Specifying Password Hashing Algorithms

Chapter 10 shows how PHP's password_hash() function creates a hash from a password (which should be stored in the database instead of the password that the user supplied).

As described on PHP.net, the second parameter of this function allows you to specify the hashing algorithm that should be used.

The possible values you can use for the hashing algorithm as shown in the table below:


Currently, this uses the BCRYPT algorithm (see the entry below), but this value is designed so that it can change to a newer, and stronger, algorithm if one is added to PHP in the future.


The BCRYPT algorithm implements another algorithm (or cipher) known as Blowfish. It creates a hash that is always 60 characters long.


This uses an algorithm called Agon2i. It is only available if PHP has been compiled with Argon2 support.


This uses an algorithm called Argon2id. The algorithm is only available if PHP has been compiled with Argon2 support.

NOTE: If you come across the MD5, SHA1 and SHA256 hashing algorithms, they were designed to be fast and efficient, but they are no longer considered strong enough to handle passwords because it is relatively easy to get passwords from the hash.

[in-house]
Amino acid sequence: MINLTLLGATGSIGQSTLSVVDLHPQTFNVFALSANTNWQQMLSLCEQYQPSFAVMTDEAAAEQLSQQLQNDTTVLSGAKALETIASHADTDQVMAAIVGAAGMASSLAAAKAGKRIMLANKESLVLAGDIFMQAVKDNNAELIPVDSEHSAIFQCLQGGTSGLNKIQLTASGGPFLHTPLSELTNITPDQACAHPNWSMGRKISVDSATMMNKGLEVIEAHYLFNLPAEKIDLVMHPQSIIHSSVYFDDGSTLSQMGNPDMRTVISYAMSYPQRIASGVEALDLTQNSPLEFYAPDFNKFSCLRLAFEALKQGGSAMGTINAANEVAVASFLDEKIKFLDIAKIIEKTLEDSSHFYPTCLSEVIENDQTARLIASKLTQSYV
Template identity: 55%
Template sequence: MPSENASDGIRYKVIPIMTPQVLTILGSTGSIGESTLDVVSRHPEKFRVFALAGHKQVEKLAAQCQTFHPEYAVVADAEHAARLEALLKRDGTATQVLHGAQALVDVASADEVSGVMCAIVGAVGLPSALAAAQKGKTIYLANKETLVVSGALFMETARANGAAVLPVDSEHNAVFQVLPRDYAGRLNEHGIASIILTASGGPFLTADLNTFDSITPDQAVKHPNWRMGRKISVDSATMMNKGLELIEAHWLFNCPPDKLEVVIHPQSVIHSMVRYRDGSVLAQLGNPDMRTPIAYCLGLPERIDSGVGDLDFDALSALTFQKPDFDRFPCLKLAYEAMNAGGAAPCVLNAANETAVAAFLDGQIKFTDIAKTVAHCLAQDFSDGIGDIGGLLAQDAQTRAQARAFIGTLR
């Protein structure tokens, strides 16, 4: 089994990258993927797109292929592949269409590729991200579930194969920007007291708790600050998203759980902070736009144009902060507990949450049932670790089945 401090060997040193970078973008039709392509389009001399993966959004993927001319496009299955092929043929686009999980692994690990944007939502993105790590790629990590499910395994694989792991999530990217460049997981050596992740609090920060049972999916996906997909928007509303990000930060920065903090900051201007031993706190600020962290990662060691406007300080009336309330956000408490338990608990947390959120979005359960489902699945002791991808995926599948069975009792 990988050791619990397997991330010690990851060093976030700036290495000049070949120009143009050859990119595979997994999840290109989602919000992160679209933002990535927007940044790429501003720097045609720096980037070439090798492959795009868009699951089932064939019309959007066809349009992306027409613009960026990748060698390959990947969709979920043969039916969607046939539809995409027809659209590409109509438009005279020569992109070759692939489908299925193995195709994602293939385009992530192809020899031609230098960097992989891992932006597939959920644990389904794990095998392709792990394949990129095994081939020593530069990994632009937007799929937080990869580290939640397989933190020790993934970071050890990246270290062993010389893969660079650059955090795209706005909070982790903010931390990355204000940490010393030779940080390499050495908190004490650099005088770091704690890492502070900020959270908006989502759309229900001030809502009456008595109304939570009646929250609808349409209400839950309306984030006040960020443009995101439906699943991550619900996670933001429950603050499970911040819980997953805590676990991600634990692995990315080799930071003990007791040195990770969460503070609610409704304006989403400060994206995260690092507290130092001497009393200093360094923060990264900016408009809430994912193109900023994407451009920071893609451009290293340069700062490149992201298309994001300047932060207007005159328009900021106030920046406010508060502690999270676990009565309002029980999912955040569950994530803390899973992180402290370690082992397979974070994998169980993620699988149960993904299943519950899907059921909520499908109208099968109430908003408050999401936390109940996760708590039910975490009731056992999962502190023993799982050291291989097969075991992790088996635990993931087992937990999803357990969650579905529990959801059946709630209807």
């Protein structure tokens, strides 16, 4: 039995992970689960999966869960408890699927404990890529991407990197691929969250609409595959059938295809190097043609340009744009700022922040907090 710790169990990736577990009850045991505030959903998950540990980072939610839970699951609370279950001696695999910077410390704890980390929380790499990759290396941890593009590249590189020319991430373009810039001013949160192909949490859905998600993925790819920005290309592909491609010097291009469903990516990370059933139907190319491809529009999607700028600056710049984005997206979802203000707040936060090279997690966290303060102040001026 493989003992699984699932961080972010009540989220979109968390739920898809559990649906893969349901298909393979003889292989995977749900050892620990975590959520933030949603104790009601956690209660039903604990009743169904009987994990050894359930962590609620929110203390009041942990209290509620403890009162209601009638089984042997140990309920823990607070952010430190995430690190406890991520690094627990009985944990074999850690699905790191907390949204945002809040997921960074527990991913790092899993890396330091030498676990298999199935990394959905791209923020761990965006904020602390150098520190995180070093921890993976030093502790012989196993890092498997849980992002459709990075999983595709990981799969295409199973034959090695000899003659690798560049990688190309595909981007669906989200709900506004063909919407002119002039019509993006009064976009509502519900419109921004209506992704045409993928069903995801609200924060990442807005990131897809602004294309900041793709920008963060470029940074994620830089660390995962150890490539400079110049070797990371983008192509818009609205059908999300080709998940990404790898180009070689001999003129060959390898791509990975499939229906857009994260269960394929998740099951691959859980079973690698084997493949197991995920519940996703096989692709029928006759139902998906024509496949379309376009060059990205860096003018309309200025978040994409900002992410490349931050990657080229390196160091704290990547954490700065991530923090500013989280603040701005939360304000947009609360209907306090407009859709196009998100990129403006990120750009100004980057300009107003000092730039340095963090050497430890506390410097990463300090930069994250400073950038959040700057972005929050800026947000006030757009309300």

When a hash is created it stores all of the data required to check that, when the user re-enters their password, it creates the same value:

  • The name of the algorithm used to create the hash.
  • Options for that algorithm. A common option is cost, which controls the amount of resource the server can use to create the hash.
  • A salt, which is a random set of characters that are added to the password before it is hashed.
  • The hashed password.
parts of a hash

To future proof the database, the column that stores passwords should be able to store more characters than are used by the current BCRYPT algorithm (255 characters is the current suggested limit).